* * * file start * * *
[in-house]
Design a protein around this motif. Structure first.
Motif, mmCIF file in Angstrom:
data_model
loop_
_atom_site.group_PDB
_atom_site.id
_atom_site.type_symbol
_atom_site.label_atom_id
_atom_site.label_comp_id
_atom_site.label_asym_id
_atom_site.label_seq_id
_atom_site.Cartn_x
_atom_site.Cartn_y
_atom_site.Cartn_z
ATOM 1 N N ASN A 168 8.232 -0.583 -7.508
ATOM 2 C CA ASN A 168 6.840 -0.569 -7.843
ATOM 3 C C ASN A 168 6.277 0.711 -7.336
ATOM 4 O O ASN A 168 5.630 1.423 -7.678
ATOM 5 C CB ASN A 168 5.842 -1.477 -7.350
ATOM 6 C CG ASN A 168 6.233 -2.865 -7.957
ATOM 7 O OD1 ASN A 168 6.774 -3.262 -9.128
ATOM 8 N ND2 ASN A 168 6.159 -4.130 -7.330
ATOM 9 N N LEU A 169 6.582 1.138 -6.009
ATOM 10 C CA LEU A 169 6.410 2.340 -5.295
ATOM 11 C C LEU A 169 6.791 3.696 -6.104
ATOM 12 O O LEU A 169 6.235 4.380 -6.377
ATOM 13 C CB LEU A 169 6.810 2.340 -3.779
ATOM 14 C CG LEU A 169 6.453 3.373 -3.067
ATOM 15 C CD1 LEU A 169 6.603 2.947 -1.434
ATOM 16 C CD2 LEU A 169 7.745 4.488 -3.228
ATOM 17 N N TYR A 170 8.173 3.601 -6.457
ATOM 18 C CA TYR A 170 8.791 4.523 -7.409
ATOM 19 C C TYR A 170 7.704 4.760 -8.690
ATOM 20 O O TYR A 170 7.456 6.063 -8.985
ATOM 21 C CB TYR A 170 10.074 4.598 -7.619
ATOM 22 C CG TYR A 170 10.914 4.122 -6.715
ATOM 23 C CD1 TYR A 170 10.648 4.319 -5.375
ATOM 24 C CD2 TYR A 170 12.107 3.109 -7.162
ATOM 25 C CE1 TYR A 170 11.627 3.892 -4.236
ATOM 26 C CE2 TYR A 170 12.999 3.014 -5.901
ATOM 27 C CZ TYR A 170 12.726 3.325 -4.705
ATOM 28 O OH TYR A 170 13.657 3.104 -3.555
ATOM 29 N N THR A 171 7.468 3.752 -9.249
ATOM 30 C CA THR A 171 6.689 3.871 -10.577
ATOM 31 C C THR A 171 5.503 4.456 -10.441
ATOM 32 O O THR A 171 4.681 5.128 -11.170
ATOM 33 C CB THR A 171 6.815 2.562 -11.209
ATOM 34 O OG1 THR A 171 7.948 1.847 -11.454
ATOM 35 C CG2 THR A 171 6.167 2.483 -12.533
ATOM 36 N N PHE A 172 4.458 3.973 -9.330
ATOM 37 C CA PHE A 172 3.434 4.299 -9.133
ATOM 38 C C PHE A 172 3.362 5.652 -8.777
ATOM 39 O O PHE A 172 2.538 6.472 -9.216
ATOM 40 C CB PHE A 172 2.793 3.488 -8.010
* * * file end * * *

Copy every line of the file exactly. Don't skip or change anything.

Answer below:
[in-house]
Design a protein around this motif. Structure first.
Motif, mmCIF file in Angstrom:
data_model
loop_
_atom_site.group_PDB
_atom_site.id
_atom_site.type_symbol
_atom_site.label_atom_id
_atom_site.label_comp_id
_atom_site.label_asym_id
_atom_site.label_seq_id
_atom_site.Cartn_x
_atom_site.Cartn_y
_atom_site.Cartn_z
ATOM 1 N N ASN A 168 8.232 -0.583 -7.508
ATOM 2 C CA ASN A 168 6.840 -0.569 -7.843
ATOM 3 C C ASN A 168 6.277 0.711 -7.336
ATOM 4 O O ASN A 168 5.630 1.423 -7.678
ATOM 5 C CB ASN A 168 5.842 -1.477 -7.350
ATOM 6 C CG ASN A 168 6.233 -2.865 -7.957
ATOM 7 O OD1 ASN A 168 6.774 -3.262 -9.128
ATOM 8 N ND2 ASN A 168 6.159 -4.130 -7.330
ATOM 9 N N LEU A 169 6.582 1.138 -6.009
ATOM 10 C CA LEU A 169 6.410 2.340 -5.295
ATOM 11 C C LEU A 169 6.791 3.696 -6.104
ATOM 12 O O LEU A 169 6.235 4.380 -6.377
ATOM 13 C CB LEU A 169 6.810 2.340 -3.779
ATOM 14 C CG LEU A 169 6.453 3.373 -3.067
ATOM 15 C CD1 LEU A 169 6.603 2.947 -1.434
ATOM 16 C CD2 LEU A 169 7.745 4.488 -3.228
ATOM 17 N N TYR A 170 8.173 3.601 -6.457
ATOM 18 C CA TYR A 170 8.791 4.523 -7.409
ATOM 19 C C TYR A 170 7.704 4.760 -8.690
ATOM 20 O O TYR A 170 7.456 6.063 -8.985
ATOM 21 C CB TYR A 170 10.074 4.598 -7.619
ATOM 22 C CG TYR A 170 10.914 4.122 -6.715
ATOM 23 C CD1 TYR A 170 10.648 4.319 -5.375
ATOM 24 C CD2 TYR A 170 12.107 3.109 -7.162
ATOM 25 C CE1 TYR A 170 11.627 3.892 -4.236
ATOM 26 C CE2 TYR A 170 12.999 3.014 -5.901
ATOM 27 C CZ TYR A 170 12.726 3.325 -4.705
ATOM 28 O OH TYR A 170 13.657 3.104 -3.555
ATOM 29 N N THR A 171 7.468 3.752 -9.249
ATOM 30 C CA THR A 171 6.689 3.871 -10.577
ATOM 31 C C THR A 171 5.503 4.456 -10.441
ATOM 32 O O THR A 171 4.681 5.128 -11.170
ATOM 33 C CB THR A 171 6.815 2.562 -11.209
ATOM 34 O OG1 THR A 171 7.948 1.847 -11.454
ATOM 35 C CG2 THR A 171 6.167 2.483 -12.533
ATOM 36 N N PHE A 172 4.458 3.973 -9.330
ATOM 37 C CA PHE A 172 3.434 4.299 -9.133
ATOM 38 C C PHE A 172 3.362 5.652 -8.777
ATOM 39 O O PHE A 172 2.538 6.472 -9.216
ATOM 40 C CB PHE A 172 2.793 3.488 -8.010